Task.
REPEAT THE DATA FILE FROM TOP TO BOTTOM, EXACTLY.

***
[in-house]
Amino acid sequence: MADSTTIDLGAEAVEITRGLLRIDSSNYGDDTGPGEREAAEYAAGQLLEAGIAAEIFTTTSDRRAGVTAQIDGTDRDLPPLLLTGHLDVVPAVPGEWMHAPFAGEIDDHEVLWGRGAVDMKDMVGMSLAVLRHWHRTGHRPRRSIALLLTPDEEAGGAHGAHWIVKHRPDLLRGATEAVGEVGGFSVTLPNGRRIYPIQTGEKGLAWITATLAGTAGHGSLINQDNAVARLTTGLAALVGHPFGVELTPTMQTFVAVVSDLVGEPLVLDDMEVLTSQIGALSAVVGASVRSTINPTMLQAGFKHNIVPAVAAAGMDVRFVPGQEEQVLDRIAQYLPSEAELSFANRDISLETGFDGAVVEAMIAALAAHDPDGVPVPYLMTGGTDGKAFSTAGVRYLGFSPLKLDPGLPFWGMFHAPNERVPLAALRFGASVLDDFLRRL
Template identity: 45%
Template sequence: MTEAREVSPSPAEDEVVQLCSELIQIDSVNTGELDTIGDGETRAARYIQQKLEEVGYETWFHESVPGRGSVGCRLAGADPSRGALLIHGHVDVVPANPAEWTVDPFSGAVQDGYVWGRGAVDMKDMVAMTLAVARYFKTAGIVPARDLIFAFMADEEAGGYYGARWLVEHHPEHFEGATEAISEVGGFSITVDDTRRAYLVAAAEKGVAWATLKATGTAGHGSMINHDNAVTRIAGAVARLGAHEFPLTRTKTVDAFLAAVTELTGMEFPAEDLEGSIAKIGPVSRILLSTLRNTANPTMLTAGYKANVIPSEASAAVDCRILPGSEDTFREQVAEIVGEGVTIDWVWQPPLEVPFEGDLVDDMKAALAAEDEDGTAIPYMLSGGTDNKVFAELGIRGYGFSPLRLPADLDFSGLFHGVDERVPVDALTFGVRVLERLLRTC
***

[in-house]
Amino acid sequence: MADSTTIDLGAEAVEITRGLLRIDSSNYGDDTGPGEREAAEYAAGQLLEAGIAAEIFTTTSDRRAGVTAQIDGTDRDLPPLLLTGHLDVVPAVPGEWMHAPFAGEIDDHEVLWGRGAVDMKDMVGMSLAVLRHWHRTGHRPRRSIALLLTPDEEAGGAHGAHWIVKHRPDLLRGATEAVGEVGGFSVTLPNGRRIYPIQTGEKGLAWITATLAGTAGHGSLINQDNAVARLTTGLAALVGHPFGVELTPTMQTFVAVVSDLVGEPLVLDDMEVLTSQIGALSAVVGASVRSTINPTMLQAGFKHNIVPAVAAAGMDVRFVPGQEEQVLDRIAQYLPSEAELSFANRDISLETGFDGAVVEAMIAALAAHDPDGVPVPYLMTGGTDGKAFSTAGVRYLGFSPLKLDPGLPFWGMFHAPNERVPLAALRFGASVLDDFLRRL
Template identity: 45%
Template sequence: MTEAREVSPSPAEDEVVQLCSELIQIDSVNTGELDTIGDGETRAARYIQQKLEEVGYETWFHESVPGRGSVGCRLAGADPSRGALLIHGHVDVVPANPAEWTVDPFSGAVQDGYVWGRGAVDMKDMVAMTLAVARYFKTAGIVPARDLIFAFMADEEAGGYYGARWLVEHHPEHFEGATEAISEVGGFSITVDDTRRAYLVAAAEKGVAWATLKATGTAGHGSMINHDNAVTRIAGAVARLGAHEFPLTRTKTVDAFLAAVTELTGMEFPAEDLEGSIAKIGPVSRILLSTLRNTANPTMLTAGYKANVIPSEASAAVDCRILPGSEDTFREQVAEIVGEGVTIDWVWQPPLEVPFEGDLVDDMKAALAAEDEDGTAIPYMLSGGTDNKVFAELGIRGYGFSPLRLPADLDFSGLFHGVDERVPVDALTFGVRVLERLLRTC